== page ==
REVIEW: The Stray Birds – ‘Magic Fire’

13700190_1006772669372261_932160287549204657_nThose who attended their shows in the UK last year will know all about The Stray Birds. They were considered by many to be the highlight of last year’s Cambridge Folk Festival. The Stray Birds are Maya de Vitry, Charlie Muench and Oliver Craven, and they return with a new album ‘Magic Fire’, their first since the 2014 release of ‘Best Medicine’.

Their stage show is based upon tight melodic harmonies and the use of multiple instruments that showcase the band’s classically trained music background. To date however, they have always kept the song writing and production in house. It’s almost been a type of cottage industry for the band. The previous album was largely acoustic but impressed many with its bluegrass and traditional country sounds. For the first time the new album contains a fuller “big band” sound that should take them onto the next level.

The production duties have been seconded to Larry Campbell. There really couldn’t have been anyone more suitable. Campbell, who is himself a multi instrumentalist and has worked with luminaries such as Bob Dylan, Paul Simon and The Black Crowes, has added a completely new and fresh aspect to The Stray Birds’ music. We still have the impeccable vocal arrangements and the melodies but for the first time a full sound, whilst allowing the traditional instruments to breathe. This is Americana at its finest. The wonderful organs and fiddles accompanied by the occasional blast of electric guitar and the trio’s searing vocals contribute to an album that is already topping the Americana charts in the US.

De Vitry and Craven share lead vocals and the album opens with de Vitry and an acoustic guitar on ‘Shining In The Distance’ before the three part harmonies kick in. The gradual introduction of the instruments signify the change in direction and the guitar is joined by fiddle and heavy pounding beats that put Cambell’s stamp on the record. A perfect introduction to a project that takes this band to higher planes.

The most commercial track on the album and their next single ‘Third Day In A Row’ is led by Craven’s vocals. It’s a song that in a fair world would propel this band to a much wider audience. It is also a song that exudes optimism. “It’s a third day in a row that you have seen the sun come up”. It’s vibrant and punchy and pretty much everything that the band wouldn’t have contemplated previously.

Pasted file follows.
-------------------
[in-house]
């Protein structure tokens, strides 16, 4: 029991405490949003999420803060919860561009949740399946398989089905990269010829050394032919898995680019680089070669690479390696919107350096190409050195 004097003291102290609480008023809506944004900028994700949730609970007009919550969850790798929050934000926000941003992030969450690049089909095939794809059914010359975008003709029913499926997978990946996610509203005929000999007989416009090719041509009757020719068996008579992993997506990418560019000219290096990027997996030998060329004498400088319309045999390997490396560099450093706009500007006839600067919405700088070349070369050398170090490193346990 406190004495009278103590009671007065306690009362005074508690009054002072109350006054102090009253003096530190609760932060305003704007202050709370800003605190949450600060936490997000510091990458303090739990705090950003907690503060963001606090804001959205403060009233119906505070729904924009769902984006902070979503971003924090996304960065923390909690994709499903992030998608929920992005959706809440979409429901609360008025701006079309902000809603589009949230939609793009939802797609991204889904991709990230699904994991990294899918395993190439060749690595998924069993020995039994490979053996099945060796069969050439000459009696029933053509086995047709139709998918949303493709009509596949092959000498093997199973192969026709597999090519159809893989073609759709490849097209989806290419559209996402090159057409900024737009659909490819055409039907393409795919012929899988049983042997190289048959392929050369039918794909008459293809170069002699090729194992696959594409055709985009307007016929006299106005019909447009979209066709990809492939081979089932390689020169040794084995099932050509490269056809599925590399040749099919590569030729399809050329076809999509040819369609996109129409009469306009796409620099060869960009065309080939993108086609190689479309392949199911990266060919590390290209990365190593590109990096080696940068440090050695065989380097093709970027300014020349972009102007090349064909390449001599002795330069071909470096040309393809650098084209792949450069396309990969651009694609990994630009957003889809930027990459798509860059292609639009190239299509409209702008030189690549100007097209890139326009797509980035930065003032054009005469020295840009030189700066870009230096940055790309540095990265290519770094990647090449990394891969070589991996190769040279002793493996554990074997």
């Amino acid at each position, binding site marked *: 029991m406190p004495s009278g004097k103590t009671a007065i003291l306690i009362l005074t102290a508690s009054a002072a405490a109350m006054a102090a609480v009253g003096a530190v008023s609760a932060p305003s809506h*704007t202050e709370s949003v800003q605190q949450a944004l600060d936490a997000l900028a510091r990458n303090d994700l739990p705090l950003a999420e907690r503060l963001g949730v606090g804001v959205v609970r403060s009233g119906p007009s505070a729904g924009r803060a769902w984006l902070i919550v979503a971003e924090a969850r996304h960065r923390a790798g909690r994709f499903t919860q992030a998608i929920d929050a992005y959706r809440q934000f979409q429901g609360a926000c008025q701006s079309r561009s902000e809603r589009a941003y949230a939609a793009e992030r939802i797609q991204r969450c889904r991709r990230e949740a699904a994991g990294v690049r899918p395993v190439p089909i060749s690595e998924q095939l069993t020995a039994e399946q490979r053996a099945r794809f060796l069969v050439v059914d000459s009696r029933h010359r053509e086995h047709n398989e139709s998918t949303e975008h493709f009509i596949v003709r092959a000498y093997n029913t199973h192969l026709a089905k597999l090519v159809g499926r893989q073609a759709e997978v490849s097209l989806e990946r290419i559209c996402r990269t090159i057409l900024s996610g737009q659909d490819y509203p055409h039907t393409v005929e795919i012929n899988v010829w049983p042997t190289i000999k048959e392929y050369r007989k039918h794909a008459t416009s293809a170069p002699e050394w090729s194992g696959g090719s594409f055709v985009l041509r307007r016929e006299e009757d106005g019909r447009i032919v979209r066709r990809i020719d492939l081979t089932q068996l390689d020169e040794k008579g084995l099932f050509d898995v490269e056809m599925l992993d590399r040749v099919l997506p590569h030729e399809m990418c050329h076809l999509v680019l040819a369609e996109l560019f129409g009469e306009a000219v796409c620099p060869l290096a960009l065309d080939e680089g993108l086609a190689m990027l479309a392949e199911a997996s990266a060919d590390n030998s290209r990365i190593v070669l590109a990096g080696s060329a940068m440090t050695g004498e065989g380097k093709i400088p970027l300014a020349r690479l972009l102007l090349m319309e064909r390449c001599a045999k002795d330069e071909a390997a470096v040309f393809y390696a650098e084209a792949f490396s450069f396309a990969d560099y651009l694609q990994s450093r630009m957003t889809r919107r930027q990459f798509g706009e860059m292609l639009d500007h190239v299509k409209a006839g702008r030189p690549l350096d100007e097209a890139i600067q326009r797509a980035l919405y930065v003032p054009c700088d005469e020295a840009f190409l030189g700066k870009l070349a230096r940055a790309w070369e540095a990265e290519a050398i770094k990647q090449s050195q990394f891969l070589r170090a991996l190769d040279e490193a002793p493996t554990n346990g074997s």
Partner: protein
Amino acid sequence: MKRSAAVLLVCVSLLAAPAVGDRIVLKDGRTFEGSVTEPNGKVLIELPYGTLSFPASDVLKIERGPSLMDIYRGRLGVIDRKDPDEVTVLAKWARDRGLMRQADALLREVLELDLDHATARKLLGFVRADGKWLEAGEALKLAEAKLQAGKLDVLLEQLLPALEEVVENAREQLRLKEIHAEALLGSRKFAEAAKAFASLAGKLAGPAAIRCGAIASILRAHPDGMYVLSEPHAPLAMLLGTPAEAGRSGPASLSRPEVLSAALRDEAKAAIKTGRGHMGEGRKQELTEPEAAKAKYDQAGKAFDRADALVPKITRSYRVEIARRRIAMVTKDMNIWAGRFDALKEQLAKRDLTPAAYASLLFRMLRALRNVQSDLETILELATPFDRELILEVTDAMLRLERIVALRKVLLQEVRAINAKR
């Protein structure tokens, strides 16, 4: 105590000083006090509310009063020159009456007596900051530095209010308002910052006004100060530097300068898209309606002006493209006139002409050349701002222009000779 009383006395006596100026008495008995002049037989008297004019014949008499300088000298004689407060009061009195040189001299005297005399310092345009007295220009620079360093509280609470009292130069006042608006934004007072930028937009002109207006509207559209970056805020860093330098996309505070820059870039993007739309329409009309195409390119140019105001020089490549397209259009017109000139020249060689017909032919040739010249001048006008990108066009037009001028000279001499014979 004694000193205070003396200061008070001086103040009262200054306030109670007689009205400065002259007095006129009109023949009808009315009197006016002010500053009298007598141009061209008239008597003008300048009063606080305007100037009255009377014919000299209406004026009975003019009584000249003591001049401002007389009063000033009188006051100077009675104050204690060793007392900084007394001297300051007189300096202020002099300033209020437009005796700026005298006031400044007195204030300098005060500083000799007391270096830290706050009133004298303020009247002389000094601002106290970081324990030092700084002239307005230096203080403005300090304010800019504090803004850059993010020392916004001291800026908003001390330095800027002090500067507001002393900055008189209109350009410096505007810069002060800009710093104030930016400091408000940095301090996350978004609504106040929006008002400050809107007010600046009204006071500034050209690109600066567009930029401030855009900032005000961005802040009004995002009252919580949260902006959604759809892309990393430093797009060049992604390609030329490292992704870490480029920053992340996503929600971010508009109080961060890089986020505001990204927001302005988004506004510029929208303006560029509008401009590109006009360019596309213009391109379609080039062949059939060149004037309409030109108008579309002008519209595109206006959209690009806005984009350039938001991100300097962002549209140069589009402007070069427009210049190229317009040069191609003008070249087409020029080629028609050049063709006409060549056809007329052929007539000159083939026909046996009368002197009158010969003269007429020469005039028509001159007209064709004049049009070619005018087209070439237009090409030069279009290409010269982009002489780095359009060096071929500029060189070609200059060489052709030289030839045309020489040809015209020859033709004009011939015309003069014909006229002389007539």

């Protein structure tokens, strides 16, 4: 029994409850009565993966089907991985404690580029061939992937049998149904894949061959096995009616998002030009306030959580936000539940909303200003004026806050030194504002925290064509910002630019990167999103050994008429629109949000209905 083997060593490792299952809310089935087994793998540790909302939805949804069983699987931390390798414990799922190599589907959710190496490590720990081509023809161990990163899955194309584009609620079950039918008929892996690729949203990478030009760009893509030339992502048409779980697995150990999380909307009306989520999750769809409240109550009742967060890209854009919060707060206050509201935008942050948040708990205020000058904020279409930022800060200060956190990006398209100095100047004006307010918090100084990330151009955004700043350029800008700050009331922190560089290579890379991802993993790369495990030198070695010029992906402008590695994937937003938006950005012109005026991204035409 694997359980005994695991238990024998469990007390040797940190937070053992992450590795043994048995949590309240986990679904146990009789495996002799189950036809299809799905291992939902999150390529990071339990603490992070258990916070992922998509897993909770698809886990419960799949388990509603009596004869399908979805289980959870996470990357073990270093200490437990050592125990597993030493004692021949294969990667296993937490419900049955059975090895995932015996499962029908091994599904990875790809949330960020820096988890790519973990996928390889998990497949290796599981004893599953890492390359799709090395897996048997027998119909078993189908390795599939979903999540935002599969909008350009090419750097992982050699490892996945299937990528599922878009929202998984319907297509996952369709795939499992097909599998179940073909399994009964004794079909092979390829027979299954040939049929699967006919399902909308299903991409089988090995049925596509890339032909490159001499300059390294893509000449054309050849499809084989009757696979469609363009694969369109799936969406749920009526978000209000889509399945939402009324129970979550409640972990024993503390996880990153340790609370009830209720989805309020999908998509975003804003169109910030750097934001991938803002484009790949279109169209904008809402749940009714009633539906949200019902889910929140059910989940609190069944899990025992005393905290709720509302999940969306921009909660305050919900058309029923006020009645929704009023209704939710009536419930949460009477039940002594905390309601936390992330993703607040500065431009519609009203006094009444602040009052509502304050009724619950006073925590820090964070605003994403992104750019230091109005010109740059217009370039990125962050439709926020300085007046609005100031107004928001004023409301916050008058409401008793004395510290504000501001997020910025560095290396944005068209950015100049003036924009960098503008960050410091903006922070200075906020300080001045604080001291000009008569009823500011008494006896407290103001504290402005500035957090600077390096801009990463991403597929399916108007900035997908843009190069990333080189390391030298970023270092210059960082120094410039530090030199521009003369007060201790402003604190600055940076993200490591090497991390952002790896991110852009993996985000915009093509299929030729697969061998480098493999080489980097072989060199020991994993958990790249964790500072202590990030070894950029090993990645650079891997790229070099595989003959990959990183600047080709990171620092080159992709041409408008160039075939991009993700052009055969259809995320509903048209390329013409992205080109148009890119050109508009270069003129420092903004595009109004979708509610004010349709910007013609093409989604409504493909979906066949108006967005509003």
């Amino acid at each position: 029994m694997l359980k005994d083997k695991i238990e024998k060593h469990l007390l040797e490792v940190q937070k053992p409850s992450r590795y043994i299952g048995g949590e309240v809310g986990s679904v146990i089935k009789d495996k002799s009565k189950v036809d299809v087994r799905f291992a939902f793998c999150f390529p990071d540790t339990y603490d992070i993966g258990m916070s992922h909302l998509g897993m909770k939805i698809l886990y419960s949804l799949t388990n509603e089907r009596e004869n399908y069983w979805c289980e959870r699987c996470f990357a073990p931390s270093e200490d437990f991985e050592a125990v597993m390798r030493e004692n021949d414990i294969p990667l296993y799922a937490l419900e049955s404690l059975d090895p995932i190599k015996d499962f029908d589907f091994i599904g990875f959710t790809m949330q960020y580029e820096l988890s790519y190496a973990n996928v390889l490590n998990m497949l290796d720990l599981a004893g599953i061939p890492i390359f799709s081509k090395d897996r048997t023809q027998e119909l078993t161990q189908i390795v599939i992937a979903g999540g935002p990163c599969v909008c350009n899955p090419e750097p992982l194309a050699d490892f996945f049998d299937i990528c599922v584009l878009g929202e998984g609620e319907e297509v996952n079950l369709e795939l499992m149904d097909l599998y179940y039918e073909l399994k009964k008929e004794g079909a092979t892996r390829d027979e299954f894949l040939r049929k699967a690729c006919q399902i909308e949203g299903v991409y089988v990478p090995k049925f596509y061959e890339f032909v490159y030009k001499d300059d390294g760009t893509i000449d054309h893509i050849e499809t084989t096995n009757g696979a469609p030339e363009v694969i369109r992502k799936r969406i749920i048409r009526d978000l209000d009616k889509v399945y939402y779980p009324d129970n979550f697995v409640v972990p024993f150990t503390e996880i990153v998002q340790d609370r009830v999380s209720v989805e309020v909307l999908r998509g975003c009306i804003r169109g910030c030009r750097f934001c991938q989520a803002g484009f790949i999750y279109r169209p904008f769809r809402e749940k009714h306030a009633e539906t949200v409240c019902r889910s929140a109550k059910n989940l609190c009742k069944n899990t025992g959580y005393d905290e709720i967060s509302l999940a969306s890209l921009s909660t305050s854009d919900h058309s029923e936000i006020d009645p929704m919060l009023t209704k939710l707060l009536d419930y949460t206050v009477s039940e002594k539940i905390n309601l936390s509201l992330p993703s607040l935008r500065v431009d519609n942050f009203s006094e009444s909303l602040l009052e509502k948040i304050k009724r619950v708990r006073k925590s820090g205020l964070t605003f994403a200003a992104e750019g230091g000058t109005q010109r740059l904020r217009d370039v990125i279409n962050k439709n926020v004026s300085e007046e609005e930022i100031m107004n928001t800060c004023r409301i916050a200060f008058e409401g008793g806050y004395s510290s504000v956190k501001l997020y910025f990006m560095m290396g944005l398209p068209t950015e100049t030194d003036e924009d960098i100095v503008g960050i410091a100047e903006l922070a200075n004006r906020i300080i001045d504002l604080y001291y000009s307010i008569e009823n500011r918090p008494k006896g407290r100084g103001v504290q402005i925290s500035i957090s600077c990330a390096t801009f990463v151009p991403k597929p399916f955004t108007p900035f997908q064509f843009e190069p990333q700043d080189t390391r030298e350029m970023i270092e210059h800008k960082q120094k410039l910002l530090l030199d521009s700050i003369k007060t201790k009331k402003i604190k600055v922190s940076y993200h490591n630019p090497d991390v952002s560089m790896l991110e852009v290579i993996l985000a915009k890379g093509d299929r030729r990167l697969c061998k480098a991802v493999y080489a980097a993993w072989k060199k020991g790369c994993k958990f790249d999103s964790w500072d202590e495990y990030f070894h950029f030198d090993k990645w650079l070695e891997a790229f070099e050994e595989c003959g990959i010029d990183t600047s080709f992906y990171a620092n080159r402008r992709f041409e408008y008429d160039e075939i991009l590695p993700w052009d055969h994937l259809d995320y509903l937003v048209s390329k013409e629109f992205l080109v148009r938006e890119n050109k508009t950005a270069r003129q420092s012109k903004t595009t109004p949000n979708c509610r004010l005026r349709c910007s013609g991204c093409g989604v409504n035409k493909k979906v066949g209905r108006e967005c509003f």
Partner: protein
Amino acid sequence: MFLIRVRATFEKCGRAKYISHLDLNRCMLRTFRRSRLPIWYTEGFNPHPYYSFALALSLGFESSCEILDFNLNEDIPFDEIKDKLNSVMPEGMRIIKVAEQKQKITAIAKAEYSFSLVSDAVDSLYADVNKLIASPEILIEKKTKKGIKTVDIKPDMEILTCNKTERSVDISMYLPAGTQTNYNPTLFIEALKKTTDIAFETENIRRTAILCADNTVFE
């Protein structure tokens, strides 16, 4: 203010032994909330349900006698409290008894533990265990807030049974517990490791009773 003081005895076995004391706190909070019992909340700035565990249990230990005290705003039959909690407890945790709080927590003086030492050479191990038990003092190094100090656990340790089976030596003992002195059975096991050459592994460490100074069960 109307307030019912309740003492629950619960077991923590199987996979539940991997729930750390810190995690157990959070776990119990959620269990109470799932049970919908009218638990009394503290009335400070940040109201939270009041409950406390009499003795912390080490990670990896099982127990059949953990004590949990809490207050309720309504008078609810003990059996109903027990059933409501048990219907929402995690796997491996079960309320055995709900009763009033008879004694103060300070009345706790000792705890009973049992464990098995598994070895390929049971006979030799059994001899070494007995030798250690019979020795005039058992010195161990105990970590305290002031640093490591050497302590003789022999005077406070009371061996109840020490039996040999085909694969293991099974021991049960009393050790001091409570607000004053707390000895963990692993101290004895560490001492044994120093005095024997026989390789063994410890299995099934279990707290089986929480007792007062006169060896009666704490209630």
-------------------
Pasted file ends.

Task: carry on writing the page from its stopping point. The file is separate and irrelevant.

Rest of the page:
The good vibes remain with ‘Sabrina’. It’s a song that is already a mainstay in their live shows. Heavy on the fiddle and as close to a hoedown as The Stray Birds have ventured.

‘Radio’ has a retro, almost hippy feel to it with de Vitry’s vocals dominating, and ‘Where Do You Come From’ almost exclusively features vocals from Craven in a song that was written by Charlie Muench.

The first ballad on the collection, ‘Fossil’ is a fiddle-led delight that deals with a relationship that has fizzled out. “I’m out here looking for the fossil of the day I met you. I want to hold it in my hand and feel how little we knew. How much we wanted to”.

‘Hands Of Man’ is pure bluegrass. Three part harmonies and fiddles dominating this very traditional, rootsy song that is more akin to the sound that we previously associated with the band. Traditionalists will also be in seventh heaven with ‘Somehow’. Pedal Steel and a waltz beat giving way to swirling fiddles. Very retro and very satisfying.

The same instruments are utilised in ‘Mississippi Pearl’ although this is a ballad that has the Larry Campbell magic touch. The ability to retain the roots feel combined with the modern production values add significantly to a song that has de Vitry in melancholy mode with her vocals.

The mood lightens with ‘All The News’, a swaying foot tapper that has the added attraction of an organ solo. It has a very retro feel and easily the most soulful of the songs on offer here.

‘When I Die’ is the showcase for the bands three part harmonies. “When I die, lay me down by this tree, the tree with the deepest roots”. It completes an album that signifies a new sound for The Stray Birds. It’s easily their best to date and we can’t wait to see how this will be brought to life in their forthcoming stage shows. They are due to visit the UK again next month. They will be appearing at 14 venues throughout the country and will be visiting locations that are not usually on the musical tourist map.  Be sure to check them out.